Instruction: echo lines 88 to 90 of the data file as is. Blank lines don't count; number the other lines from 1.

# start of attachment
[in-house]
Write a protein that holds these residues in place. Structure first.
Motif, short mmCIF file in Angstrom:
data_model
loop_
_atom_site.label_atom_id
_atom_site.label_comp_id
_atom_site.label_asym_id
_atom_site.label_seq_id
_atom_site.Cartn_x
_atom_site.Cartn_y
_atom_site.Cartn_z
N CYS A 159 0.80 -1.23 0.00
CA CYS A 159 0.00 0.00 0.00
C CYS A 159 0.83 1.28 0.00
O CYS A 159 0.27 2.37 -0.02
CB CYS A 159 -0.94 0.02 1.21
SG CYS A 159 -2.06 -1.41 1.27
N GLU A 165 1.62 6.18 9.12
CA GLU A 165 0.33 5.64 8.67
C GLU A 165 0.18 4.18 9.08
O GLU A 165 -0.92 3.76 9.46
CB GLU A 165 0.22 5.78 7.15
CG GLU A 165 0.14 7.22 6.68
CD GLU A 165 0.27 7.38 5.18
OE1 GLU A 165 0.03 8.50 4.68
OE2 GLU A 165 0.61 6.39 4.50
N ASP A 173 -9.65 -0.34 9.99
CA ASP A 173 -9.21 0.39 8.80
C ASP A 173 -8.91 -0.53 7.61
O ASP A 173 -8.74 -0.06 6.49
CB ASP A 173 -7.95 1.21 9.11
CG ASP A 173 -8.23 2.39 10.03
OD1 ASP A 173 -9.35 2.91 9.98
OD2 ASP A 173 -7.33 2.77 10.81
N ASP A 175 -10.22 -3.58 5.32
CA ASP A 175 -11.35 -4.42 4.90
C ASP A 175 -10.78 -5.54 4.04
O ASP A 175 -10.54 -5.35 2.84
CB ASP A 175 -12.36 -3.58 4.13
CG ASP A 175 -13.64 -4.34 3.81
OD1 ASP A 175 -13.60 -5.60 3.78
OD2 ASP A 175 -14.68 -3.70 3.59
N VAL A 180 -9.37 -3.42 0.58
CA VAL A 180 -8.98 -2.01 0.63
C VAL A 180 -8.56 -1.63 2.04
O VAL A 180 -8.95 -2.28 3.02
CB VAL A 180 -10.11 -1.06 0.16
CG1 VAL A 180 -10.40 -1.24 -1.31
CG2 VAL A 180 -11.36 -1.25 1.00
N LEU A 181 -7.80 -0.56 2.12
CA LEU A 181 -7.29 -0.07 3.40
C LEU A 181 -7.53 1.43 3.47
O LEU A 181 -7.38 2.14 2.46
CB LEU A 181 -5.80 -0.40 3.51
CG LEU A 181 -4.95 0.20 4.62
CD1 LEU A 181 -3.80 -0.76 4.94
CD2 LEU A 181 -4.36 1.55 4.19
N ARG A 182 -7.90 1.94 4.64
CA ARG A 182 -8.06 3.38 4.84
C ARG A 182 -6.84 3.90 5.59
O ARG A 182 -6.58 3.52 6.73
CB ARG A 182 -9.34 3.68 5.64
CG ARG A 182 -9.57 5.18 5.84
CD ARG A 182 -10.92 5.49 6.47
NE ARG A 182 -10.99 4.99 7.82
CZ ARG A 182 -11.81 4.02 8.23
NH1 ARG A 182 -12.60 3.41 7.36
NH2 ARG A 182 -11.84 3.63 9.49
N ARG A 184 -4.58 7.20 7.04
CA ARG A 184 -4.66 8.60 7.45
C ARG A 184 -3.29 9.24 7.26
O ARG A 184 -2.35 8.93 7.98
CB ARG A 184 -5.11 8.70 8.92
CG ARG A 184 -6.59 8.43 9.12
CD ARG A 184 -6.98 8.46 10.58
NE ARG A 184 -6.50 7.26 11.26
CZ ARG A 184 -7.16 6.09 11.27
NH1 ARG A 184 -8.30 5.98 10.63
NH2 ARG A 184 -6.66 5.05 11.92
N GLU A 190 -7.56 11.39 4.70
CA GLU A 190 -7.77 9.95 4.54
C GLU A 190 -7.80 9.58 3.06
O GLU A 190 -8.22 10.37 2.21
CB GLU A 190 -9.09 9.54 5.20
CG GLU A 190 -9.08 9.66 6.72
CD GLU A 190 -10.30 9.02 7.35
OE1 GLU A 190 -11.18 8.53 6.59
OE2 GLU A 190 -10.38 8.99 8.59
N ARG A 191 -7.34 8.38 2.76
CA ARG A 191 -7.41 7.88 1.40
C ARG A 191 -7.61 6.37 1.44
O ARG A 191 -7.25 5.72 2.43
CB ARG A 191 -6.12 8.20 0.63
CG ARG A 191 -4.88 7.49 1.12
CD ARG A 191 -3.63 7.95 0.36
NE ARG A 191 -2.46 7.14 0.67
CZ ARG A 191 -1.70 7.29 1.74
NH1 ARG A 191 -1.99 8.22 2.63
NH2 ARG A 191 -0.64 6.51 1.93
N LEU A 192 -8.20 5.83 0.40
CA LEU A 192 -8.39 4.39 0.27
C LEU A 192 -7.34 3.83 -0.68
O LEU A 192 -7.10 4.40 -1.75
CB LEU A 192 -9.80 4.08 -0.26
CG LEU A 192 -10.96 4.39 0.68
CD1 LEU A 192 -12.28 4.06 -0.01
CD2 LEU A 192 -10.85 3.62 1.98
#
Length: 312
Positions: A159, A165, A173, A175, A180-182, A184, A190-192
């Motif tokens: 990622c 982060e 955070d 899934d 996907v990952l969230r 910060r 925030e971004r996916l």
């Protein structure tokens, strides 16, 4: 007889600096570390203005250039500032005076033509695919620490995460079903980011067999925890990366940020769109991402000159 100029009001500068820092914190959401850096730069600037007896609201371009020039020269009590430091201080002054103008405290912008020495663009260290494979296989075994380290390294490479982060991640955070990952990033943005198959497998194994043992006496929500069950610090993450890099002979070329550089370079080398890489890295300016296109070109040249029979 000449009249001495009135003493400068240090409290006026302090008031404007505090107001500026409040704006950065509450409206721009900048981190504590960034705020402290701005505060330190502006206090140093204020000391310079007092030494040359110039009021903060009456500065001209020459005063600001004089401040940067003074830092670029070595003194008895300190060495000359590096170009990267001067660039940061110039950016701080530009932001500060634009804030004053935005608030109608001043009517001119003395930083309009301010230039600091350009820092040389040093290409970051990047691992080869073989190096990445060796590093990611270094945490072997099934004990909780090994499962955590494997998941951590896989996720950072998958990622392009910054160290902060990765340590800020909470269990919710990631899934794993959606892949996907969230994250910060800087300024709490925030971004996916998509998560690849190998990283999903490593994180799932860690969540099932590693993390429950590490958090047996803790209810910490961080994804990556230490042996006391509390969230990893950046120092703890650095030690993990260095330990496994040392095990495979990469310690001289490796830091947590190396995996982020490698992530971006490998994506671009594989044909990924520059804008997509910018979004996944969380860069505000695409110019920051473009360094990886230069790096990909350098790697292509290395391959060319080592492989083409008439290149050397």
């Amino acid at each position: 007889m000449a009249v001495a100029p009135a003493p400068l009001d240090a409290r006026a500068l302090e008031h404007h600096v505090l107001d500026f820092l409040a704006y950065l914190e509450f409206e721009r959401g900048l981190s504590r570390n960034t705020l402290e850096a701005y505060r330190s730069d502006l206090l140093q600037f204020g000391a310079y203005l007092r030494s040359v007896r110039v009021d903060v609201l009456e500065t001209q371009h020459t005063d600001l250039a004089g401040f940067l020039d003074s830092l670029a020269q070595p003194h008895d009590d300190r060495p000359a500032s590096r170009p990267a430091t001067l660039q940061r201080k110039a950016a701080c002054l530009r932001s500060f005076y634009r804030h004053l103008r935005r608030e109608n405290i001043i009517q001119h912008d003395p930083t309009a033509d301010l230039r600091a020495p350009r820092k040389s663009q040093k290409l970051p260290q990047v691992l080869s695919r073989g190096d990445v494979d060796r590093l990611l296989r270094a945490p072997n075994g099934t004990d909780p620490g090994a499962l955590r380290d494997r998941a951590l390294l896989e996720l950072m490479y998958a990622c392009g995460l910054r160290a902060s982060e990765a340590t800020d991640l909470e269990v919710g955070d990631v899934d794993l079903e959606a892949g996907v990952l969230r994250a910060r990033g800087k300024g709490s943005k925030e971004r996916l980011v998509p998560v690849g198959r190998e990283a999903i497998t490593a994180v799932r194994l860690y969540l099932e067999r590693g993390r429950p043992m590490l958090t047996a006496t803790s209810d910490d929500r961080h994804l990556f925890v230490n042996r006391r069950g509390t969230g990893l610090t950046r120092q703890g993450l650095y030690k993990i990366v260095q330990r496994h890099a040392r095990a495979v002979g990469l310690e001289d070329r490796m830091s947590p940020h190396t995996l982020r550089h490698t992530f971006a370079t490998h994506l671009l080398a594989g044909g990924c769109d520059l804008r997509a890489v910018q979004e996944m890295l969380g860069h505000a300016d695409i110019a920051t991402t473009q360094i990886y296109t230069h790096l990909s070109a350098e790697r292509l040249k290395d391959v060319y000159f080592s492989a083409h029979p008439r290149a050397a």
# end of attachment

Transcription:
OE1 GLU A 190 -11.18 8.53 6.59
OE2 GLU A 190 -10.38 8.99 8.59
N ARG A 191 -7.34 8.38 2.76